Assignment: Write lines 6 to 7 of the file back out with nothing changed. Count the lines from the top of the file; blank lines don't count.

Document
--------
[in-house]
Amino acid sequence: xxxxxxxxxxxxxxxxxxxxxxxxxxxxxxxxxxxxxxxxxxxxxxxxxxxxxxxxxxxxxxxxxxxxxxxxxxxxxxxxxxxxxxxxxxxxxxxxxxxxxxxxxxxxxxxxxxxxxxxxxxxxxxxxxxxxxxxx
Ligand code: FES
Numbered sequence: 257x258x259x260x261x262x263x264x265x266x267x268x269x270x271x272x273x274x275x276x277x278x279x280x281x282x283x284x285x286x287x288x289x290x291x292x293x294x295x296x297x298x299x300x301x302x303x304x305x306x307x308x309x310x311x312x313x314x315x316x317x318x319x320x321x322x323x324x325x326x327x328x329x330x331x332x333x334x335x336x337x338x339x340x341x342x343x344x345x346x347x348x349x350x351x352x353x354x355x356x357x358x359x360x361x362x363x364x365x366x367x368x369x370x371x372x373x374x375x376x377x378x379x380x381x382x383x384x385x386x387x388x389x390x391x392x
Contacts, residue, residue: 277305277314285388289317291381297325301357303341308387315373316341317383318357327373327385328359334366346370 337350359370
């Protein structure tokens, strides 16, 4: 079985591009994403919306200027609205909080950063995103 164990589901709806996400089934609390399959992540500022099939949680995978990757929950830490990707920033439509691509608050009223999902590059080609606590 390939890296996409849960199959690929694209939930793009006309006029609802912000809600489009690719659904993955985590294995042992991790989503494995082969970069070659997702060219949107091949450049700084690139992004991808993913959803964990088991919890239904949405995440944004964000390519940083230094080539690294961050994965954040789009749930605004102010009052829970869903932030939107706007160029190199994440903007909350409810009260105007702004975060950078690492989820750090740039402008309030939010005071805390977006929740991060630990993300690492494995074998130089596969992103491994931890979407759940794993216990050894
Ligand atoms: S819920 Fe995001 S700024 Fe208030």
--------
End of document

């Protein structure tokens, strides 16, 4: 079985591009994403919306200027609205909080950063995103 164990589901709806996400089934609390399959992540500022099939949680995978990757929950830490990707920033439509691509608050009223999902590059080609606590 390939890296996409849960199959690929694209939930793009006309006029609802912000809600489009690719659904993955985590294995042992991790989503494995082969970069070659997702060219949107091949450049700084690139992004991808993913959803964990088991919890239904949405995440944004964000390519940083230094080539690294961050994965954040789009749930605004102010009052829970869903932030939107706007160029190199994440903007909350409810009260105007702004975060950078690492989820750090740039402008309030939010005071805390977006929740991060630990993300690492494995074998130089596969992103491994931890979407759940794993216990050894
Ligand atoms: S819920 Fe995001 S700024 Fe208030």